The Association of American Medical Colleges (AAMC) and the Accreditation Council of Graduate Medical Education (ACGME) have encouraged a learning environment that encourages and inspires critical thinking, personal exploration, and professional development. All interactions should demonstrate mutual respect and should include collegiality, honesty, fairness, and equal treatment.
In order to uphold the standards of such a learning environment, the Medical College has a Teaching-Learning Environment and Student Mistreatment Policy whose purpose is to ensure an educational environment conducive for learning, define mistreatment of students, and describe the process of reporting, monitoring, and responding in the event mistreatment should occur. All students should familiarize themselves with the full policy.
Teacher Learner Committee (TLC)
The Teacher-Learner Committee is the body charged with monitoring, reviewing, investigating and aiding in the resolution of mistreatment issues at the Medical College.
|Chloe Nims, MD (CHAIR) Assoc Prof of Clinical Psychiatry 525 E. 68th Street, Room F 24-35 New York, NY 10065 email@example.com 212-746-4121|
|Nitin Sethi, MD Associate Professor of Clinical Neurology, 520 East 70th Street, Starr Pavilion, 607, New York, NY 10021 firstname.lastname@example.org, 212 746 2346||Charles Inturrisi, PhD Prof of Pharmacology 1300 York Ave, Room LC-519A, New York, NY 10065 email@example.com 212-746-6235|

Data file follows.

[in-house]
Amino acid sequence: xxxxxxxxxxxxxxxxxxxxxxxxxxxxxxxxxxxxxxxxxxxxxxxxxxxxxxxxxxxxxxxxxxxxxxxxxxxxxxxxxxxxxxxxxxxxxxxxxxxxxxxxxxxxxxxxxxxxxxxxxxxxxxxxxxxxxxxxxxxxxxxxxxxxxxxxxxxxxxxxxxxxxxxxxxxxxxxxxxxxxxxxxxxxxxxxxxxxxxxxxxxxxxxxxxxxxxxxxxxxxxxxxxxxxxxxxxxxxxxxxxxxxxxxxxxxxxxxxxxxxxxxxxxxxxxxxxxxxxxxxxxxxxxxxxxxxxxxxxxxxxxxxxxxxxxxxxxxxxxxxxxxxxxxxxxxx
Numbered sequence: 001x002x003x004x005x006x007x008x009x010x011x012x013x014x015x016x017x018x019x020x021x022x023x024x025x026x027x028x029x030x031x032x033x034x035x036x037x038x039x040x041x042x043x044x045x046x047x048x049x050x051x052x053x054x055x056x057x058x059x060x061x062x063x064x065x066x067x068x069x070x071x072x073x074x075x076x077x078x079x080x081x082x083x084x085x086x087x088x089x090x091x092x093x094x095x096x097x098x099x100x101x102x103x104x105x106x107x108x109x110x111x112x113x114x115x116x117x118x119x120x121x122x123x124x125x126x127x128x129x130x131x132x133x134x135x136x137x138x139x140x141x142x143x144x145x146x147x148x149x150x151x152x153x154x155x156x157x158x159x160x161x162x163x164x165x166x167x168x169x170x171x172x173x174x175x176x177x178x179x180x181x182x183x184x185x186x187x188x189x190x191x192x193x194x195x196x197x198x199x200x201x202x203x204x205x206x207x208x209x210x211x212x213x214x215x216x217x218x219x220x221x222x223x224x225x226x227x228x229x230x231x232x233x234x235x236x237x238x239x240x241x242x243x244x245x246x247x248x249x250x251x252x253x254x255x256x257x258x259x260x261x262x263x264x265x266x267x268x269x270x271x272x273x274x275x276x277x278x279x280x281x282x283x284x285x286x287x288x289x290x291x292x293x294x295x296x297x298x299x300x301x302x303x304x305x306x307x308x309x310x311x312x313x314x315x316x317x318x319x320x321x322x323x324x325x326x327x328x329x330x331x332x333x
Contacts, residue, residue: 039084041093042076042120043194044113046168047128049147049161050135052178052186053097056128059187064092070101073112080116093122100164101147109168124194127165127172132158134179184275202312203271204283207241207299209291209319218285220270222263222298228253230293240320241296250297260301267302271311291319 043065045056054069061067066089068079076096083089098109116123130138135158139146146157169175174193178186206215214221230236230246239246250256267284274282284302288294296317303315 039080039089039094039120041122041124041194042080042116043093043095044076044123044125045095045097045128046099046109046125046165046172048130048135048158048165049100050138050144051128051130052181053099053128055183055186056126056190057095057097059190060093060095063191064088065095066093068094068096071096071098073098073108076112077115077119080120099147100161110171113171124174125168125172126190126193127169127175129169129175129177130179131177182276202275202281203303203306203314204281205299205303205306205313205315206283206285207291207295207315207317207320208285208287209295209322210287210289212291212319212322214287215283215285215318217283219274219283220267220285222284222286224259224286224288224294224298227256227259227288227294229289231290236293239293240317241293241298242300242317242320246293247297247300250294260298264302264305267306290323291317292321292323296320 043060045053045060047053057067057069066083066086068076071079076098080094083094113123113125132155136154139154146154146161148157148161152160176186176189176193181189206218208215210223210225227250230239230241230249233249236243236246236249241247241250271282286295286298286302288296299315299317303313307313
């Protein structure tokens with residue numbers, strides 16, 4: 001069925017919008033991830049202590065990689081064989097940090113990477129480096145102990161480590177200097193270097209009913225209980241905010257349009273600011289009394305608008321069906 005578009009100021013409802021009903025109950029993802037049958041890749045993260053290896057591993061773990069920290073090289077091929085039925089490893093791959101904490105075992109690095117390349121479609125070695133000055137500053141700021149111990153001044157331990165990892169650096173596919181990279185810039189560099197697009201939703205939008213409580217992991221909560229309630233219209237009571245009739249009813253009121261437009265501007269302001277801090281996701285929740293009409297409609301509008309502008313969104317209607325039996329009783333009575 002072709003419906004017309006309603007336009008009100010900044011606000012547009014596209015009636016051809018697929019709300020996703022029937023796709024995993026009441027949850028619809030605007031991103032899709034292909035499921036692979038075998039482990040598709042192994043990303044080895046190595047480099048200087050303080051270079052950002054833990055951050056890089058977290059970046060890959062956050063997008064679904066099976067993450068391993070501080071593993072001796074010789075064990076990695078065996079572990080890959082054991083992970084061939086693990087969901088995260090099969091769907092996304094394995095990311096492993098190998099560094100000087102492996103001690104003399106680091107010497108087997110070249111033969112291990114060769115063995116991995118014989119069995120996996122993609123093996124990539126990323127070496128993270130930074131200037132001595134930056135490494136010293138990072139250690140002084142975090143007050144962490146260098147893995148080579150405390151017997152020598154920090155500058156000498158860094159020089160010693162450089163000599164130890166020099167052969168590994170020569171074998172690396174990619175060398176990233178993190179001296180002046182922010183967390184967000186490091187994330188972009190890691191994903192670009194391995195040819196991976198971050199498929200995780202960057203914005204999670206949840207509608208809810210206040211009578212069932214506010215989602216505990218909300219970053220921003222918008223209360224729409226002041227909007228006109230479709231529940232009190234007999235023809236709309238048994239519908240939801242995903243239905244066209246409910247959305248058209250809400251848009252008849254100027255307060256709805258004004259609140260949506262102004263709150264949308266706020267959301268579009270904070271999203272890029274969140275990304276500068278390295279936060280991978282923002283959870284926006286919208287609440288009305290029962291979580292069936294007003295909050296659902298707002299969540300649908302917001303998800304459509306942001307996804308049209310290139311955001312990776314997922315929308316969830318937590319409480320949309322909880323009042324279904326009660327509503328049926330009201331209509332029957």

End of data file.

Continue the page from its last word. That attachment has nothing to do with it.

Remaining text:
|Medical Student, Class of 2023||Robert Minutello, MD Assoc Prof of Clinical Medicine 525 E. 68th Street, Room F-444 New York, NY 10065 firstname.lastname@example.org 212-746-8295|
|Rachel Stevenson, MD Asst Prof of Clinical OB&Gyn 428 E. 72nd Street, Suite 200 New York, NY 10065 email@example.com 646-962-4900||Angela Kadenhe-Chiweshe, MD, Asst Prof of Surgery 520 E. 70th Street, L-718, New York, NY 10021, firstname.lastname@example.org 212-342-8586|
|Medical Student, Class of 2023||Joseph Abularrage, MD, MPH, MPhil Prof of Clinical Pediatrics NewYork-Presbyterian Queens Hospital 56-45 Main Street, 4-North Flushing, NY 11355 email@example.com 718-670-1033|
|Elizabeth Poole-Disalvo, MD Asst Prof of Pediatrics 505 E. 70th Street, Room HT-386A New York, NY 10065 firstname.lastname@example.org 646-962-4303||Roniel Weinberg, MD Asst Prof of Clinical Anesthesiology 525 E. 68th Street, Room P-03-329 New York, NY 10065 email@example.com 212-746-2962|
The College has a policy of zero tolerance for mistreatment. It takes all allegations seriously and encourages students to report any instances or perceived instances of mistreatment. There are three proposed mechanisms for reporting mistreatment; each mechanism will be collected via a structured intake form to collect the necessary information for the TLC to review. Because mistreatment issues can be complex and the TLC seeks to provide the student with advice and information, in-person meetings or phones calls are preferred over reporting incident details in the initial contact email or voice mail message.
1. Teacher-Learner Committee: Students wishing to report a violation, ask a question, or seek advice may contact the TLC by emailing TLC@med.cornell.edu. When emailing the TLC, students may, if desired, request follow-up from a specific member of the TLC. Students need not provide extensive detail regarding mistreatment or potential mistreatment in the initial contact. A member of the TLC will reach out to set up a meeting, phone call or continue the conversation via email.